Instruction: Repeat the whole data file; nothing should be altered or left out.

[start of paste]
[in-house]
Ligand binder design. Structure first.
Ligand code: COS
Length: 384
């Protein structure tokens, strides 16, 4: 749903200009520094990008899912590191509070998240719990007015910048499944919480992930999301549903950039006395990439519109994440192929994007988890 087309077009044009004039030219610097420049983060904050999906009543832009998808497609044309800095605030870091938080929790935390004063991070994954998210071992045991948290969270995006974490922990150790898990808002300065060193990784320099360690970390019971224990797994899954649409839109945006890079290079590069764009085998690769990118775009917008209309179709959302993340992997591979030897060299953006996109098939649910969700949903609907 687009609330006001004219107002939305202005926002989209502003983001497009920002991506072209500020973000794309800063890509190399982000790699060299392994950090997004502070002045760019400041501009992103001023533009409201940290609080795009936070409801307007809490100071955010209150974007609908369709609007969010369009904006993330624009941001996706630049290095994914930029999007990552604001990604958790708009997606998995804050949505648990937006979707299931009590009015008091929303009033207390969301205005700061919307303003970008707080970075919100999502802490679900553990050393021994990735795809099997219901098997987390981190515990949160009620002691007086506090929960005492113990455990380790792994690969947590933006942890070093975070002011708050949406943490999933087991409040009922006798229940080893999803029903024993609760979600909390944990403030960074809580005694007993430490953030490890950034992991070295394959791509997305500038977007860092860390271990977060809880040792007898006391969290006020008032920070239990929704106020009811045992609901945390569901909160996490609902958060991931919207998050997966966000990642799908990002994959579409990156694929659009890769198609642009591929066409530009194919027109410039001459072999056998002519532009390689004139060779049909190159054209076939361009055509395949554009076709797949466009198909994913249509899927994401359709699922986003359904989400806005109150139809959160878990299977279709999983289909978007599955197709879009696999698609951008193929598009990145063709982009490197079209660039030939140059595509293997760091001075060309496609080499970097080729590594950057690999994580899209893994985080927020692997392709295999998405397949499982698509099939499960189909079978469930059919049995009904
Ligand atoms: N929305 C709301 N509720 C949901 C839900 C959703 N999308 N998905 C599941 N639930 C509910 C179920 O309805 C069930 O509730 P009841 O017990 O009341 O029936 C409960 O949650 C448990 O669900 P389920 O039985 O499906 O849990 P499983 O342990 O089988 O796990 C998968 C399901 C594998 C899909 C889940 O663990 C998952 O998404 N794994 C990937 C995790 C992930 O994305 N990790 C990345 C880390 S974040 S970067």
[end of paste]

[in-house]
Ligand binder design. Structure first.
Ligand code: COS
Length: 384
């Protein structure tokens, strides 16, 4: 749903200009520094990008899912590191509070998240719990007015910048499944919480992930999301549903950039006395990439519109994440192929994007988890 087309077009044009004039030219610097420049983060904050999906009543832009998808497609044309800095605030870091938080929790935390004063991070994954998210071992045991948290969270995006974490922990150790898990808002300065060193990784320099360690970390019971224990797994899954649409839109945006890079290079590069764009085998690769990118775009917008209309179709959302993340992997591979030897060299953006996109098939649910969700949903609907 687009609330006001004219107002939305202005926002989209502003983001497009920002991506072209500020973000794309800063890509190399982000790699060299392994950090997004502070002045760019400041501009992103001023533009409201940290609080795009936070409801307007809490100071955010209150974007609908369709609007969010369009904006993330624009941001996706630049290095994914930029999007990552604001990604958790708009997606998995804050949505648990937006979707299931009590009015008091929303009033207390969301205005700061919307303003970008707080970075919100999502802490679900553990050393021994990735795809099997219901098997987390981190515990949160009620002691007086506090929960005492113990455990380790792994690969947590933006942890070093975070002011708050949406943490999933087991409040009922006798229940080893999803029903024993609760979600909390944990403030960074809580005694007993430490953030490890950034992991070295394959791509997305500038977007860092860390271990977060809880040792007898006391969290006020008032920070239990929704106020009811045992609901945390569901909160996490609902958060991931919207998050997966966000990642799908990002994959579409990156694929659009890769198609642009591929066409530009194919027109410039001459072999056998002519532009390689004139060779049909190159054209076939361009055509395949554009076709797949466009198909994913249509899927994401359709699922986003359904989400806005109150139809959160878990299977279709999983289909978007599955197709879009696999698609951008193929598009990145063709982009490197079209660039030939140059595509293997760091001075060309496609080499970097080729590594950057690999994580899209893994985080927020692997392709295999998405397949499982698509099939499960189909079978469930059919049995009904
Ligand atoms: N929305 C709301 N509720 C949901 C839900 C959703 N999308 N998905 C599941 N639930 C509910 C179920 O309805 C069930 O509730 P009841 O017990 O009341 O029936 C409960 O949650 C448990 O669900 P389920 O039985 O499906 O849990 P499983 O342990 O089988 O796990 C998968 C399901 C594998 C899909 C889940 O663990 C998952 O998404 N794994 C990937 C995790 C992930 O994305 N990790 C990345 C880390 S974040 S970067």